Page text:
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What Is the Impact of RFID on Health Care?
How has radio frequency identification helped hospitals and pharmacies? And why aren't all medical facilities using the technology?
A few weeks ago, I responded to a similar question (see What Are the Applications for RFID in Health Care?) and listed six common applications in health care. I encourage you to read that post, because it provides links to articles about hospitals that have deployed RFID systems for these applications.
There are only a handful of medical facilities that have deployed more than one or two of these applications so far, but the impact in each area is huge. Hospitals that are using RFID to track medical equipment have dramatically reduced the amount of time employees spend searching for items—from a couple of hours down to only a few minutes. They have increased asset-utilization rates, cut capital expenditures for new equipment, reduced rental fees and gained more revenue. By linking equipment used to particular patients, they are able to capture information about who should be billed for specific equipment use or treatment automatically.
Asset-tracking systems have reduced the incidence of lost and stolen equipment, by providing visibility into where the items are located and which are leaving a facility. One hospital was losing 50 wheelchairs a year, because patients being sent home would be wheeled out to a car and some would wind up keeping the wheelchairs.
Some hospitals are using RFID for regulatory compliance. This reduces or eliminates the amount of labor required to collect information required by governments. In the United States, for example, many hospitals send workers to record the temperatures of refrigerators every hour. Active RFID tags with sensors can report the temperature every minute automatically.
Tracking hand-washing compliance has become a popular application, particularly in the United States, where there is a big push to reduce hospital-acquired infections. It blows my mind that physicians don't wash their hands 150 years after we discovered that doctors were passing streptococcus progenies bacteria to pregnant women during childbirth and killing some of them in the process. But hospitals that do use RFID to encourage compliance see rates of hospital-acquired infections decline dramatically.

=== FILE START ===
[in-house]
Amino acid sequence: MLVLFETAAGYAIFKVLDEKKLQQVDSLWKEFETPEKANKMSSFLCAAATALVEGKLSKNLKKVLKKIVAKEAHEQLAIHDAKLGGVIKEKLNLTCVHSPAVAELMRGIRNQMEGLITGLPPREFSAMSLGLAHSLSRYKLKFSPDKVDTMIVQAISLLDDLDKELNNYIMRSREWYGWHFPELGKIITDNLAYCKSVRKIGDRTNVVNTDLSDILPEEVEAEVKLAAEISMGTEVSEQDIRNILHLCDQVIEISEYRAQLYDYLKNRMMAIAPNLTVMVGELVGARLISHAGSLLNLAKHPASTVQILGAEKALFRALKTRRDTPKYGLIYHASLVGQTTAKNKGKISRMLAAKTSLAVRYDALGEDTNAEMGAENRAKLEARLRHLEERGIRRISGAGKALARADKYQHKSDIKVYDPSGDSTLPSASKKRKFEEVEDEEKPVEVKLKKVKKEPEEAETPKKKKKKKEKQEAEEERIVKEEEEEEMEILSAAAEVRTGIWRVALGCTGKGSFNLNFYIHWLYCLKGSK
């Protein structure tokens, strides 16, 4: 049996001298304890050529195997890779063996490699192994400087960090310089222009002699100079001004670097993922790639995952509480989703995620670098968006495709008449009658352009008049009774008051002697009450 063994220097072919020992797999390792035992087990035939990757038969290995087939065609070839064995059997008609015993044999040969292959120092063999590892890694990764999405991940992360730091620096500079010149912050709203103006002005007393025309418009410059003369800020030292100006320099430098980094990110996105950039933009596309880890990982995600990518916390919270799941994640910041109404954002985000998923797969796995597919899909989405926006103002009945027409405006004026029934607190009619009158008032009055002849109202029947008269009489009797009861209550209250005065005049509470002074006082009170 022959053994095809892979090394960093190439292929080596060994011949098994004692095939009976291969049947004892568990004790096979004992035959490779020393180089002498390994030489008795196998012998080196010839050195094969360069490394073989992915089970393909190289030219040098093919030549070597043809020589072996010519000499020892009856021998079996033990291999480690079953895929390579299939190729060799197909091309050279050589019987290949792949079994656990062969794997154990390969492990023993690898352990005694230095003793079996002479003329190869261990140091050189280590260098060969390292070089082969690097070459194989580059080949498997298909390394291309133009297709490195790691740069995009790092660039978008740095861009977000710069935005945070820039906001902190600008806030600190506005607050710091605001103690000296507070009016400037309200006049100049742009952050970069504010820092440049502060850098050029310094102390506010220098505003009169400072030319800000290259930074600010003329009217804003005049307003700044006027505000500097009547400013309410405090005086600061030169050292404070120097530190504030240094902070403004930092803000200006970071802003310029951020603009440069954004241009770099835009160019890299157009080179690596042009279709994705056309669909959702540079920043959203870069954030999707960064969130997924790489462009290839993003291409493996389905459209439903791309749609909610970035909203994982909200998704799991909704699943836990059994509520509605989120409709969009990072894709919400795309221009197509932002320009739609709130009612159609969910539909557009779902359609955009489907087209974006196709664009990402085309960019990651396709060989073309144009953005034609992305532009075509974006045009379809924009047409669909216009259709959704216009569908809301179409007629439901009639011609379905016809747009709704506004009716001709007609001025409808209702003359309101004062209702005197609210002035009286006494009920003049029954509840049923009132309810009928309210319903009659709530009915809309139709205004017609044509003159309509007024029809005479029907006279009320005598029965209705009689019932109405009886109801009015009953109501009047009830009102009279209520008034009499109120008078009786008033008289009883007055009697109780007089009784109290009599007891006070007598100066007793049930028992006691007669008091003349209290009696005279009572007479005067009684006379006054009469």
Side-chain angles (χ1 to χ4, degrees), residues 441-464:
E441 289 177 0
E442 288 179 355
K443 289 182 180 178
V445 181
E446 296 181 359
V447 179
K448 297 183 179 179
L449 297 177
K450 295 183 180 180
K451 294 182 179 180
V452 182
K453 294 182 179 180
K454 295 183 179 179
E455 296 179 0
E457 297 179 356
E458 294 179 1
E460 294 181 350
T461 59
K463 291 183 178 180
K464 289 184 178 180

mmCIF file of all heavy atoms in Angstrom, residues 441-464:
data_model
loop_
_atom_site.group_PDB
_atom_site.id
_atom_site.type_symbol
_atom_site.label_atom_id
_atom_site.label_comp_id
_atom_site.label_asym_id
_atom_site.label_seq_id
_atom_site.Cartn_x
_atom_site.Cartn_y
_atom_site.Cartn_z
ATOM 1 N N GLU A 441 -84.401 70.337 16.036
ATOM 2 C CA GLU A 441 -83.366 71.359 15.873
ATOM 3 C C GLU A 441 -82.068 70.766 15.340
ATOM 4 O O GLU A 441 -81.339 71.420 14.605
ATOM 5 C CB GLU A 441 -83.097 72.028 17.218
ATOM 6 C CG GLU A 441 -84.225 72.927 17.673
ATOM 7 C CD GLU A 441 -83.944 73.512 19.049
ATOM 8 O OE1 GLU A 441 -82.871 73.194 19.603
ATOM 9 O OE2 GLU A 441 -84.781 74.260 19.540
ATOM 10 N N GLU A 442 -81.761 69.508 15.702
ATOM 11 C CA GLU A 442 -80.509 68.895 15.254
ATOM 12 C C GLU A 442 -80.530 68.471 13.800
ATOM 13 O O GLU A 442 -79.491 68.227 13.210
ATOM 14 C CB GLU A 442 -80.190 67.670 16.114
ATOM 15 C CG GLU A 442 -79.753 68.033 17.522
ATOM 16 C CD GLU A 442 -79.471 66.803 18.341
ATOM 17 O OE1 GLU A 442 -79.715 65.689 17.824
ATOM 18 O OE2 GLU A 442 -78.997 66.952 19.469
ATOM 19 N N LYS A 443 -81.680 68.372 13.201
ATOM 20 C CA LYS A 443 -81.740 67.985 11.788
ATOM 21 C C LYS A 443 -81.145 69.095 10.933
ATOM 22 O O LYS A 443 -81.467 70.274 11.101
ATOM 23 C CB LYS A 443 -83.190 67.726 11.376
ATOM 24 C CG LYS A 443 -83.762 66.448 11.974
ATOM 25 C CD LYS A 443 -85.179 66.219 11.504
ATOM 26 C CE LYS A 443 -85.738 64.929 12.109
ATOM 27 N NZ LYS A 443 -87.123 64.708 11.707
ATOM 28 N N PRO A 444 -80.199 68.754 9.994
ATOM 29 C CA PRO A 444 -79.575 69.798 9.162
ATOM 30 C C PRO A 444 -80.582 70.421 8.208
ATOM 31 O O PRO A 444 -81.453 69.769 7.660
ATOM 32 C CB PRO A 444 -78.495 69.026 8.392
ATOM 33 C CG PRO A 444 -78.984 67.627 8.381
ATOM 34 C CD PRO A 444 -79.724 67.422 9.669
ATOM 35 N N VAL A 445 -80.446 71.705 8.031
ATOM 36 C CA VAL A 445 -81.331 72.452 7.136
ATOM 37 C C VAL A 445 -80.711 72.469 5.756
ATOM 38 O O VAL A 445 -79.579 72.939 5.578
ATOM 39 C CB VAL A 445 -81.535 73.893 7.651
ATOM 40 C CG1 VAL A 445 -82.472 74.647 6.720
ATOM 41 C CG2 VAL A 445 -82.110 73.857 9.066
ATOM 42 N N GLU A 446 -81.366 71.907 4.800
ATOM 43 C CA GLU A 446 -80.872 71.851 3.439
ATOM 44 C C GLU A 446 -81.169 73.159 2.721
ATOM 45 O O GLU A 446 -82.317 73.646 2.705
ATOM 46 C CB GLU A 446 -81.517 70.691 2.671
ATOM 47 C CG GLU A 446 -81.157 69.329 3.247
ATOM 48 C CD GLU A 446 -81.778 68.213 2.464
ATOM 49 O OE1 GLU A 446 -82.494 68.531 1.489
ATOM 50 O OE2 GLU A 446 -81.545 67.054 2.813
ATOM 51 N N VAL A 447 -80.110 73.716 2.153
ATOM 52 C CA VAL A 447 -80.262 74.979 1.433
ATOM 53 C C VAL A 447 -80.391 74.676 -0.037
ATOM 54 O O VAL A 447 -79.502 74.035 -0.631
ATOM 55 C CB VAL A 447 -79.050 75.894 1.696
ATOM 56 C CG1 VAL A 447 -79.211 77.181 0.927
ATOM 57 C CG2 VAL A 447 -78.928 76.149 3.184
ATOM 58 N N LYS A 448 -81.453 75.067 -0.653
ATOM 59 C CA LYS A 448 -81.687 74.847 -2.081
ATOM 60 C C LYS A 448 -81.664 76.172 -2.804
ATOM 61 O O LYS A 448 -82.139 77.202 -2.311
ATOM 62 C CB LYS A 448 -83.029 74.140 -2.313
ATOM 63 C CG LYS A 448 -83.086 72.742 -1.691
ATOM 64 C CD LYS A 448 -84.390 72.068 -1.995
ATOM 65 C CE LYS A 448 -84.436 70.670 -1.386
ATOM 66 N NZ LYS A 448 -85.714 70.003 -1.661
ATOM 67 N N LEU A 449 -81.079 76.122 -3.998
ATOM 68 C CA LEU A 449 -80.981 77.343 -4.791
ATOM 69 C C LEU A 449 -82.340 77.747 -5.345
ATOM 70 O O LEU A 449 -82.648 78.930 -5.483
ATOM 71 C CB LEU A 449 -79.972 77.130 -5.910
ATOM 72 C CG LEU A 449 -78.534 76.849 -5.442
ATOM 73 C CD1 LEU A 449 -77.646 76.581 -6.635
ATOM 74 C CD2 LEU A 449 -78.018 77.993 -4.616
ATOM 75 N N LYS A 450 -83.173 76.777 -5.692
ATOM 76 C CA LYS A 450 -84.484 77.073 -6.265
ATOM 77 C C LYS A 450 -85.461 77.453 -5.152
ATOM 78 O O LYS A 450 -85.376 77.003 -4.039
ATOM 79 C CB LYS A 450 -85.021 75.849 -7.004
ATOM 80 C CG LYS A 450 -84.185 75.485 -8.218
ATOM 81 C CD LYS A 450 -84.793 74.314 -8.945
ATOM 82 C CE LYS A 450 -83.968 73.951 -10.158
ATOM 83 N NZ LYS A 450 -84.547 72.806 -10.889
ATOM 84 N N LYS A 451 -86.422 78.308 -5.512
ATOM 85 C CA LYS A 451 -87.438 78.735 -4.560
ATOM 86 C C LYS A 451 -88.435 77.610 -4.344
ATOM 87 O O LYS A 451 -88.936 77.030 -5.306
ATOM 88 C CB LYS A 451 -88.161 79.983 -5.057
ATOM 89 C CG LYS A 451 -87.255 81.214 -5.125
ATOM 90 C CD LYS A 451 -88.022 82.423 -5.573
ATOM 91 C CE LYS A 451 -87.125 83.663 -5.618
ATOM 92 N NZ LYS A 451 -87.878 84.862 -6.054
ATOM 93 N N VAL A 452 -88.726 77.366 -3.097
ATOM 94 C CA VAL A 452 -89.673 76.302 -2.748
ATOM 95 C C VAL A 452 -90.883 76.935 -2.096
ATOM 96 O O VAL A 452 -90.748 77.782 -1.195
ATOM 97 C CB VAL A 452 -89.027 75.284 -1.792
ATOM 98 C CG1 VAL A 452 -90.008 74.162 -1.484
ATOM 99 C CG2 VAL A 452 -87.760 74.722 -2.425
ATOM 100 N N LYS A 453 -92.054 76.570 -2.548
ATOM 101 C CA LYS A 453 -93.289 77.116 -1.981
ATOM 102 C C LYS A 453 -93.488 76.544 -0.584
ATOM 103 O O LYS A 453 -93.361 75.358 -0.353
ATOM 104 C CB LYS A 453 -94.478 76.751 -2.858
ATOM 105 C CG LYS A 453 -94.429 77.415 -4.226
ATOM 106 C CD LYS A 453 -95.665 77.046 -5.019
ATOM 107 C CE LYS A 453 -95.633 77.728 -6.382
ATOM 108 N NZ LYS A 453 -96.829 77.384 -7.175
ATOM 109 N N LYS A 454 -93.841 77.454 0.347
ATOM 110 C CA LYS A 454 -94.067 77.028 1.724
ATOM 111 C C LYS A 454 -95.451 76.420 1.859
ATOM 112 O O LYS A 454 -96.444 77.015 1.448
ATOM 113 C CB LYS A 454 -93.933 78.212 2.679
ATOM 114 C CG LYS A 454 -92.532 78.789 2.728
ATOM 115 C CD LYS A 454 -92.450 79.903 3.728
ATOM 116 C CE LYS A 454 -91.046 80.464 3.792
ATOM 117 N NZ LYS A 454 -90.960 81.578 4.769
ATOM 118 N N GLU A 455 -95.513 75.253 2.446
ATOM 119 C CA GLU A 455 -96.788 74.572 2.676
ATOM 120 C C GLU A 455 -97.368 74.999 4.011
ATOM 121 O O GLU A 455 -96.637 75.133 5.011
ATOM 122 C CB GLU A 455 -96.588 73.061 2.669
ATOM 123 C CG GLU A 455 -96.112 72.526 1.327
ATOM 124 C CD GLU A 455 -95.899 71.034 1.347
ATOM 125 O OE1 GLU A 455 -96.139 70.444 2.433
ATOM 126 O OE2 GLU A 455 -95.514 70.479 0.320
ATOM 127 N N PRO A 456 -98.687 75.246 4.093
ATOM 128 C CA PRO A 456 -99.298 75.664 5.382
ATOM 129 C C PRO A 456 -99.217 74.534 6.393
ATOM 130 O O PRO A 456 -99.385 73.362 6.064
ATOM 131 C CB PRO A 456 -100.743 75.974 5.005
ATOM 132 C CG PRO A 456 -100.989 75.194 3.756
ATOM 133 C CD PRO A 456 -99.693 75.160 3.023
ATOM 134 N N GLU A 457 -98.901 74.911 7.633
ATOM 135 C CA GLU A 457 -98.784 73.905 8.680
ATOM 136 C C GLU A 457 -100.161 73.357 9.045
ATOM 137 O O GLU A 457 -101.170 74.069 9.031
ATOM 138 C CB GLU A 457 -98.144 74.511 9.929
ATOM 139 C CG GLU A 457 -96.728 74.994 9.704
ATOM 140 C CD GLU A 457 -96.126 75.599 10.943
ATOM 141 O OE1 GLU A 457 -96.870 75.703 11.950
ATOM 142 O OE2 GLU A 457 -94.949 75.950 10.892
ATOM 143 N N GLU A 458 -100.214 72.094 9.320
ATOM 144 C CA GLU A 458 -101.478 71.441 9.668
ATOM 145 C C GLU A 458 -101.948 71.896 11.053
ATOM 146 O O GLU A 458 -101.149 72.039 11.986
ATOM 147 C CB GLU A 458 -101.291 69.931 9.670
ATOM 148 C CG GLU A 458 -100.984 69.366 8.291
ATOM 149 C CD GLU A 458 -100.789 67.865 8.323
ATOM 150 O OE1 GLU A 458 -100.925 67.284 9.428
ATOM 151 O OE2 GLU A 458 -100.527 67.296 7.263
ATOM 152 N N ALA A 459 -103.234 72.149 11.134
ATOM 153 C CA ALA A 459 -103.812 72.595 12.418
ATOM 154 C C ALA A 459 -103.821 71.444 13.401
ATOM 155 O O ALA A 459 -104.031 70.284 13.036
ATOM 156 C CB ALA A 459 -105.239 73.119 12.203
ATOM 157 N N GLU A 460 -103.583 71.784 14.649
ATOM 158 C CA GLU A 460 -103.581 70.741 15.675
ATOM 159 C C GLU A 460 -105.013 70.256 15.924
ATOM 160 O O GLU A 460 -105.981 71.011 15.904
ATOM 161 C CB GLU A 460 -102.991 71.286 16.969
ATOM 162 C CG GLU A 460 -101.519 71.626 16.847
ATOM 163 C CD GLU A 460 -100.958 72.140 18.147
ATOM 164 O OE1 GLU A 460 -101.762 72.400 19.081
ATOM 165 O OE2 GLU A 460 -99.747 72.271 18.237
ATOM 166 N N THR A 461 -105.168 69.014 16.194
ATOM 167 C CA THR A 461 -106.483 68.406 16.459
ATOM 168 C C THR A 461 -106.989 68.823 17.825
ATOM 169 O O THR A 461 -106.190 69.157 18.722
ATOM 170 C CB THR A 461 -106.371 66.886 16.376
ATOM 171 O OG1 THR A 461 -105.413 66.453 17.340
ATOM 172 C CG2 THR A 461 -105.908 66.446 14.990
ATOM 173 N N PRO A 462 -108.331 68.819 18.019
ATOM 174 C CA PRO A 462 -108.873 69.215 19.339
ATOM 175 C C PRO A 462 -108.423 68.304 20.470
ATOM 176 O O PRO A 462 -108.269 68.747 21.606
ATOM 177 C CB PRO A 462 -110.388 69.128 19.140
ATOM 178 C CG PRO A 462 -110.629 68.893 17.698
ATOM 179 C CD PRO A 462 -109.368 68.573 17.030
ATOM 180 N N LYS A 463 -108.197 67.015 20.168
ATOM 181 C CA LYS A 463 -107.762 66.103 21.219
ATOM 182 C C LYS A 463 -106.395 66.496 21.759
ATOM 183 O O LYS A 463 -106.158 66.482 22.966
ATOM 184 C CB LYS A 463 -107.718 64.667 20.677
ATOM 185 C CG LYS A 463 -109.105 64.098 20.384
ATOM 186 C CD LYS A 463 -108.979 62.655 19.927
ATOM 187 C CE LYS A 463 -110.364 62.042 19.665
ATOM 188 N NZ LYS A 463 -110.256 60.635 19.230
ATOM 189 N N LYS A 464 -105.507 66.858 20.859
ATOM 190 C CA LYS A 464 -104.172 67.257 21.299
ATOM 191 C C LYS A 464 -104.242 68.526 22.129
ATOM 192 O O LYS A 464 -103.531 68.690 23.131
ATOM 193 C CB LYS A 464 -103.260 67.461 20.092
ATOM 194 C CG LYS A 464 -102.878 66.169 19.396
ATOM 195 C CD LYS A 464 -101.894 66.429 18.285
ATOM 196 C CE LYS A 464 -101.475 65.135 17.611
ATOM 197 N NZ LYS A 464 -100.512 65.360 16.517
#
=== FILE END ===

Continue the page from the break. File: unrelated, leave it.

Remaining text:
A few hospitals have started to use RFID to improve patient flow. The RFID systems provide data about how long patients spend getting particular procedures and then address the reasons some take too long. Alerts can be set up when patients check in and out, so bed turnover (and revenue) can be increased.
Patient safety was among the first applications of RFID in health care. When babies were kidnapped from the maternity ward, some hospitals began strapping active RFID transponders to the ankles of newborns. The system was set up to sound an alarm of any tagged infant who got too close to an exit. Since then, the systems have become more sophisticated, and hospitals are also using them to generate alerts if an Alzheimer's patient wanders off, if a patient falls, if a nurse feels threatened or if someone comes in contact with a patient with a highly infectious disease; this was used in Singapore, for example, during the severe acute respiratory syndrome (SARS) outbreak several years ago (see Singapore Seeks Leading RFID Role and Singapore Fights SARS With RFID).
So the impact of RFID on hospitals is that they become safer, more efficient, more profitable and more responsive to patients. But don't ask me why all hospitals are not using the technology. I do not know.
—Mark Roberti, Founder and Editor, RFID Journal
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